Tandem breastfeeding

Tandem breastfeeding

Tandem breastfeeding is a practice that many families choose for different reasons, although it is rarely visible. Breastfeeding two babies of different ages may raise reluctance in healthcare professionals accompanying the mother and her babies or children. Therefore, we will explore the topic of supporting mothers in this stage a little deeper. When reviewing the published scientific evidence, we find that this is limited and not very robust, as is the case with many other breastfeeding topics.

Definition of tandem breastfeeding

Tandem breastfeeding is defined as the breastfeeding of two or more children of different ages. Depending on which reference is used, it may also include the pregnancy period of the younger baby.

Why do mothers want to tandem breastfeed?

Rodriguez’s team (2023) investigated the reasons for this decision, among which were: “to avoid wasting the effort invested,” “to desire this life experience,” and “to exercise the freedom to decide.” The mere desire to live the experience is important enough to practice this type of breastfeeding.

Breastfeeding in tandem


As mentioned above, there is little research on breastfeeding two babies of different ages. During the early weeks of pregnancy, pain is often experienced during the feed, as elevated estrogen levels may favor this sensation. It seems that from week 16 of pregnancy onwards, a significant percentage of cases will notice that milk production is lower. This fact, together with a change in the taste of the milk due to the change in composition, can make it more likely that the baby who is being breastfed might wean more easily. Some experts say that 60% of them will wean spontaneously and stop breastfeeding.

Then, during the third trimester of pregnancy, the milk produced has the same properties as the pre-colostrum produced in a non-lactating pregnancy.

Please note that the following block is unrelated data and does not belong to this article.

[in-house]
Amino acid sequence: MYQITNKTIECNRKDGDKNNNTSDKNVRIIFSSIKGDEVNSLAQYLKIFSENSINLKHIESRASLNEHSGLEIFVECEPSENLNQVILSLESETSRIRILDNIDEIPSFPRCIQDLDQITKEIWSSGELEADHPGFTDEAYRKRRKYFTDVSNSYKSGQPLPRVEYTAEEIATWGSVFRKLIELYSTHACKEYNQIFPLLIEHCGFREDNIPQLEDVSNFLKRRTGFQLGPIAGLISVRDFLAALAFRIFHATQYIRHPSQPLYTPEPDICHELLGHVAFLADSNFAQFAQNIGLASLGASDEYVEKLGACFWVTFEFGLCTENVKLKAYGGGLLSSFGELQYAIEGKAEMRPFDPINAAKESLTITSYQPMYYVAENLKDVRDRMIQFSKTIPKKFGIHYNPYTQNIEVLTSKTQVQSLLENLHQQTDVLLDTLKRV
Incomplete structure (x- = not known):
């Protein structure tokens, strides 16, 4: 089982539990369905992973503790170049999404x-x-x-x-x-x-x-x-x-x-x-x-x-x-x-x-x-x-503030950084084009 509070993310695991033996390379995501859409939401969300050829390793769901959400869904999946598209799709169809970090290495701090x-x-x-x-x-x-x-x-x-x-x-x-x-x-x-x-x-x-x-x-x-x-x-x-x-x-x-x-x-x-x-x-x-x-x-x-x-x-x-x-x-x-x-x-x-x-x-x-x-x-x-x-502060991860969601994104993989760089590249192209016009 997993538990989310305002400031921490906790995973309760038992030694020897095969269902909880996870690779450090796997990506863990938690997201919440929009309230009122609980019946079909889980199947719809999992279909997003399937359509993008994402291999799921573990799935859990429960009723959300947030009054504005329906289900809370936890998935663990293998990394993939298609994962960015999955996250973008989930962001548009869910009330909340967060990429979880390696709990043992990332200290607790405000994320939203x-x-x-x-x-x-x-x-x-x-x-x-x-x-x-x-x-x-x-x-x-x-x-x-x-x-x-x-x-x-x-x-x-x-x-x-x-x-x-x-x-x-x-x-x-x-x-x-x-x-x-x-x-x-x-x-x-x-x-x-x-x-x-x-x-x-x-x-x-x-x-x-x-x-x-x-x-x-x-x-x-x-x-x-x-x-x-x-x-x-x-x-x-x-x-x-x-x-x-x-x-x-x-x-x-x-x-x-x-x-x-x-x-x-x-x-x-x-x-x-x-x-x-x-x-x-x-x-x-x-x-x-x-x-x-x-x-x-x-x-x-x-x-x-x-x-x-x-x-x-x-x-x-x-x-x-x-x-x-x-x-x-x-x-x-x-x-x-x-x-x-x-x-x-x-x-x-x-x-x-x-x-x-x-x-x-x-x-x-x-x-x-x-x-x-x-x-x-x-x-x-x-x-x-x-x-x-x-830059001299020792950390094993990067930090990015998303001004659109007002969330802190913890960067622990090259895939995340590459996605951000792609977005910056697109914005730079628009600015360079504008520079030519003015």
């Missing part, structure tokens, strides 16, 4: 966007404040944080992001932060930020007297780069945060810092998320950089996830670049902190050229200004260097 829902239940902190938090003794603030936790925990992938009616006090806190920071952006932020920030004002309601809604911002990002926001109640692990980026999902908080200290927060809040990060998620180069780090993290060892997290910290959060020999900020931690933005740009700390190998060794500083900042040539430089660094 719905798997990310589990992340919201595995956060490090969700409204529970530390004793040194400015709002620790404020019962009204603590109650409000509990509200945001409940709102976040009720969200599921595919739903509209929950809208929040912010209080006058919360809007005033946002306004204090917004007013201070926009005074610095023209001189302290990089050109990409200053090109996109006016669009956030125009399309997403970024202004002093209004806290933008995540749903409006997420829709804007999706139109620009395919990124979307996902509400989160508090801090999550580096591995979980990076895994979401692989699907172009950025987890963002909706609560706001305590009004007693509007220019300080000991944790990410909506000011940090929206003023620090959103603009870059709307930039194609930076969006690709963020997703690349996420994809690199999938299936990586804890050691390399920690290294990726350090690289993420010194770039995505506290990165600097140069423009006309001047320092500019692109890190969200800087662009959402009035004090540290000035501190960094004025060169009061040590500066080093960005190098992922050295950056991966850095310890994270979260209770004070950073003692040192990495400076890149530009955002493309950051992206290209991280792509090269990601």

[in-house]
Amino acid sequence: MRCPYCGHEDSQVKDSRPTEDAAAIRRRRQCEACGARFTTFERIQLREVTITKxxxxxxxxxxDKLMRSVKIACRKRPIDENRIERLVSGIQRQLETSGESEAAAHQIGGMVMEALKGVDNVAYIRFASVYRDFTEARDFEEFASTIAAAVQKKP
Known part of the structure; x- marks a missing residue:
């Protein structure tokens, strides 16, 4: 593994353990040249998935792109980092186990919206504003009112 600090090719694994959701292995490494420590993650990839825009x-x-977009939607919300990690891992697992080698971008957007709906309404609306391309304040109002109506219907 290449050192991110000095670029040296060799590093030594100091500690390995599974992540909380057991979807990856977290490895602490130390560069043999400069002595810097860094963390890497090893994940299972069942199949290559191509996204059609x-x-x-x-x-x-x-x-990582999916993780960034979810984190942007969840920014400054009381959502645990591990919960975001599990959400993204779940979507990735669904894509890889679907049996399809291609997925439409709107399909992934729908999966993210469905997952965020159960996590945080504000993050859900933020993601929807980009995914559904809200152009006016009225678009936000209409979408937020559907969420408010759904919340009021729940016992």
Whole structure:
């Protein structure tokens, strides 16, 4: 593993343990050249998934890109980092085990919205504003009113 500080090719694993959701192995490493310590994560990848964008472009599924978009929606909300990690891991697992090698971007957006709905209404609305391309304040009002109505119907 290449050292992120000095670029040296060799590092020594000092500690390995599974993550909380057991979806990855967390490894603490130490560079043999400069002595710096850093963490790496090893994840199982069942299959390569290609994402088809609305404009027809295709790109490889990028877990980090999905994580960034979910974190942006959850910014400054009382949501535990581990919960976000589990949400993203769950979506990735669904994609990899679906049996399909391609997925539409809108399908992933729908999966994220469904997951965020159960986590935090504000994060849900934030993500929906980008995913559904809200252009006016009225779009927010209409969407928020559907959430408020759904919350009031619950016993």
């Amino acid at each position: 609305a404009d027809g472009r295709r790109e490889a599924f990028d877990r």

Immediate postpartum and mature breastmilk coming in

Once pregnancy has ended, lactogenesis follows as usual. Usually, lactogenesis II occurs before the first 72 hours. In most cases, newborns whose siblings continue to suckle at the breast maintain a stable weight for the first few days and gain weight efficiently thereafter. The fact that there is stimulation by the older brother or sister facilitates the establishment of breastmilk supply. However, remember the laxative properties of colostrum, so it is likely that the older brother or sister will have very liquid stools. In addition, as milk production is established, the amount of solid food consumed may decrease. This does not affect their nutrition, but it is important to provide this information to the family to avoid stressful situations.

Continuation of breastfeeding

It has been demonstrated that the composition of breastmilk and how it is produced adapts to the younger infant. It is also likely that the so-called breastfeeding crises or frequency changes related to growth spurts are reduced in intensity as the breast receives double stimulation. Even so, the control of breastmilk supply will change, just as in a single-child breastfeeding situation, from the 3rd month of lactation onwards, and will be managed in self-regulation.

In general, it is recommended during the first days after birth to offer the breast first to the newborn and then to the older child until breastfeeding with the little one is well established. From then on, mothers can breastfeed first the newborn, then the older child, or both simultaneously.

So, will there be any problems with tandem breastfeeding?